For determining who constitutes a "family member" for whom employees may use SPSL, the ordinance uses the definition in California's generally applicable paid sick leave law, the Healthy Workplace Healthy Family Act, i.e., a child, grandchild, grandparent, parent, sibling, spouse or domestic partner.
Amount of Leave: SPSL is in addition to any other paid sick leave, paid time off, or vacation time an employer provides by statute, policy, or collective bargaining agreement (CBA). Significantly, an employer cannot require an employee to use other accrued paid sick leave, paid time off, or vacation time before using SPSL.
Employers must provide 80 hours of SPSL to full-time employees, i.e., those who work 40 or more hours per week or who an employer classifies as full-time. The ordinance considers other employees "part-time," who are entitled to an amount of SPSL hours equal to the number of hours they work on average over a two-week period. To calculate this amount, employers use the number of hours the employee worked each week during the six months immediately preceding the law's effective date, multiplied by two.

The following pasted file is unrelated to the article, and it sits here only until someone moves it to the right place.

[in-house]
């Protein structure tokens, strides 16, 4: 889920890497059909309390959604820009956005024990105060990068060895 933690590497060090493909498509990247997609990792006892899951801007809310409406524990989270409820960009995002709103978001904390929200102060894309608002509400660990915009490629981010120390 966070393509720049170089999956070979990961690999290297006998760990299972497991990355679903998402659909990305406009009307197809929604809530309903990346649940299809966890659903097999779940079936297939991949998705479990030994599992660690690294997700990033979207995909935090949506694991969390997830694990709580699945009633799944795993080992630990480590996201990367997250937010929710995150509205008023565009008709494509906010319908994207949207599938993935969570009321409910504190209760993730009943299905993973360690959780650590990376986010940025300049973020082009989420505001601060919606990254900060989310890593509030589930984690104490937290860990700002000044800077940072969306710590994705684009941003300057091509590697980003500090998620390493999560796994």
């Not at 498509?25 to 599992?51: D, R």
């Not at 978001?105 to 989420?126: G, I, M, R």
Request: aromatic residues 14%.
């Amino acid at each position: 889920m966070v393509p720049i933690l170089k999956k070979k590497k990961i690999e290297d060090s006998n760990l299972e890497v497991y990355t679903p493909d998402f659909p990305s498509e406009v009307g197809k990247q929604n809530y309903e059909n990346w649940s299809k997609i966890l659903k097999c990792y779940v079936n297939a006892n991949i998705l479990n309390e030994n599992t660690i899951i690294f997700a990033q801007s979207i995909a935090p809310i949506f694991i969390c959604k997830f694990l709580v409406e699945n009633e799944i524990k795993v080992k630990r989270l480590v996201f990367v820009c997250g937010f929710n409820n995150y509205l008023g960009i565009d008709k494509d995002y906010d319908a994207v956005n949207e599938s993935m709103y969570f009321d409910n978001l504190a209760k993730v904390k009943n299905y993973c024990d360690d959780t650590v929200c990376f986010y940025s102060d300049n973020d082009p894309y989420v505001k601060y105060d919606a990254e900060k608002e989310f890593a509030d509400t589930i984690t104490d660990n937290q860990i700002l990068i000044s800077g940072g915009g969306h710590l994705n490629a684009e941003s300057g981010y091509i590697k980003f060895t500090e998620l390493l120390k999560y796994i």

The ordinance contains two offset provisions that may reduce the amount of SPSL an employer needs to provide to its employees. First, if an employer granted additional paid sick leave – beyond any paid sick leave, paid time off, or vacation time afforded an employee by statute, policy, or CBA – since March 19, 2020, specifically for use for COVID-19-related matters the ordinance describes, it can credit those hours against the number of SPSL hours the law requires. Second, if the employer is covered by California Executive Order N-51-20 – COVID-19 paid sick leave for certain food sector workers – it may use those leave hours as an offset.